Most Cooperative Program money, well over half of it, goes to fund state conventions and their mix of ministry causes and activities. Almost all of the state convention share of CP dollars, 90% or more last time I checked it, stays in sixteen Southern states from Missouri, down to Texas, then east through the gulf states, Florida, and up the east coast to Virginia.
With several hundred million dollars to spend, are these states baptizing more people, gaining more members, and increasing the number of their churches?
The simple answer is, “no.”
Measurable statistics are declining across the board. I’m not the only Southern Baptist to think that maybe we should start thinking about putting our resources in ministries that result in baptisms and churches. My new state convention leader made the pointed statement that “activity is not accomplishment” and I like that way of thinking. Not enough time has passed to see if his leadership has impacted accomplishment.
Here are some things shown by the latest Annual Church Report:
Total number of churches: The number of SBC churches showed a tiny decrease overall, down 88 from the previous year. Among the Big Sixteen state conventions only Arkansas (14), BGCT (118), SBTC (30), South Carolina (8), and SBCV (41) showed any increase in numbers of churches. North Carolina (-41), Mississippi and Kentucky (both -26) showed the most loss of churches.
My state, Georgia, is one of the largest and richest state conventions. It is home to the North American Mission Board and our state has experienced considerable growth, particularly in the Atlanta metro area. We have a large state denominational presence, three colleges, 90 associations, a geographical network of state convention area representatives, and many dozens of associational mission strategists. There are 3,378 churches which received over $1.2 billion. All that yielded a net loss of one church.
Total Baptisms: We’re still in a long, slow slide downward with baptisms. The report showed a decrease of 7,680 from 2017, about a 3 percent decrease. My state was down a staggering 2,606 from the previous year (almost 13 percent), the largest numerical decrease of all the states. How about requiring all state convention staff, consultants, campus ministers to share their faith on a regular basis and report it weekly? How about campus ministers being evaluated for their evangelistic efforts and results? We are interested in “accomplishment” not merely “activity.” Or, are we?
How can a major state convention where our oldest and largest seminary is located show a decrease in baptisms? Kentucky dropped 1,347 from the previous year.
State conventions, almost all of them showing declining statistics, may argue that they are pressured to send more of their Cooperative Program receipts to Nashville and, if not for that, might be able to to more at home.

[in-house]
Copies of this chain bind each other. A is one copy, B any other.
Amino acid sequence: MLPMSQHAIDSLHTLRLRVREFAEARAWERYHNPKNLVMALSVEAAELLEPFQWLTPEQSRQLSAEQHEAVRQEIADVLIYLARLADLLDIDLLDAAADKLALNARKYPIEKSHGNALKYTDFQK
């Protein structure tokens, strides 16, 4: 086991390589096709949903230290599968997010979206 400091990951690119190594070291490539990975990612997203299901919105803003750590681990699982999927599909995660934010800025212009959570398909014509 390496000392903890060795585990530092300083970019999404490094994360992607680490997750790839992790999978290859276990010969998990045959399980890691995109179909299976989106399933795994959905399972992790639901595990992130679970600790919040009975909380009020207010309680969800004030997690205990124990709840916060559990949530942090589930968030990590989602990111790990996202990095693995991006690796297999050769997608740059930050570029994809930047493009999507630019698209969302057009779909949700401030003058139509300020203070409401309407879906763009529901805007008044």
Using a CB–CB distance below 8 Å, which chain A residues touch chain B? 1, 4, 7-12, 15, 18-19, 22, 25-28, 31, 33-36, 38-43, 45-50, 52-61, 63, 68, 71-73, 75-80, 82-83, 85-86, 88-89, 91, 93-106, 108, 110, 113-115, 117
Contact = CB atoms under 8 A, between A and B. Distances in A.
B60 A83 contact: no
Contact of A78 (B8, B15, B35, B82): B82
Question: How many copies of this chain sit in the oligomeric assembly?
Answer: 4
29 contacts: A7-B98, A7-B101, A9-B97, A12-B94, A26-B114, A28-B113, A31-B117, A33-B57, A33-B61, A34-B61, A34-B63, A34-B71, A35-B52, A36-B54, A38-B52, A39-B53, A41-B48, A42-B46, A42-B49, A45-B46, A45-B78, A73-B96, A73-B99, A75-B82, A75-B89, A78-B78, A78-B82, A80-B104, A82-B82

I’m not buying that. While the percentage that the states keep varies from state-to-state, on average it is still around 60 percent, with only 40 percent of CP dollars going to the mission boards, seminaries, and other SBC causes. I would favor the new state executive who says, “Vote to let us increase our part of the CP from 60 to 75% and I will commit to either increasing the net number of churches in the state by 1,000 within five years…or I’ll resign.” Not gonna happen. We’d rather have non-measurable goals with no one responsible to achieving them.
But, sure, I understand the general trends in our society. I understand that our families have less children. I understand that we are a ‘mature’ convention and that the halcyon days of growth are a couple of generations behind us.
But surely there are some denominational leaders who will do more than deplore the status quo of slowly declining numbers. How about letting legacy ministries, the ones who have always been on the denominational dole and for whom existence apart from that is unthinkable, either make it on their own or fail. NAMB would fund personnel for decades in places where no church growth was being shown, then they decided that it would be good to show growth rather than just have a presence. If we put hundreds of millions of dollars in ‘home missions’ then we ought to at least be able to show that we’re doing something positive with the money and that something should be measurable.
Or, we can talk the good talk, employ the latest buzzwords, indirectly blame demography, the culture, the churches, (or even God – for not sending revival) and more-or-less keep doing what we’ve been doing. I don’t hold JD Greear, Ronnie Floyd, or state execs responsible for doing the work of the churches but maybe some of these brethren have some ideas about how to help churches do better.
By the way: The Florida convention is showing increases in both churches and baptisms…and they have been the leader in cutting their state share of Cooperative Program dollars.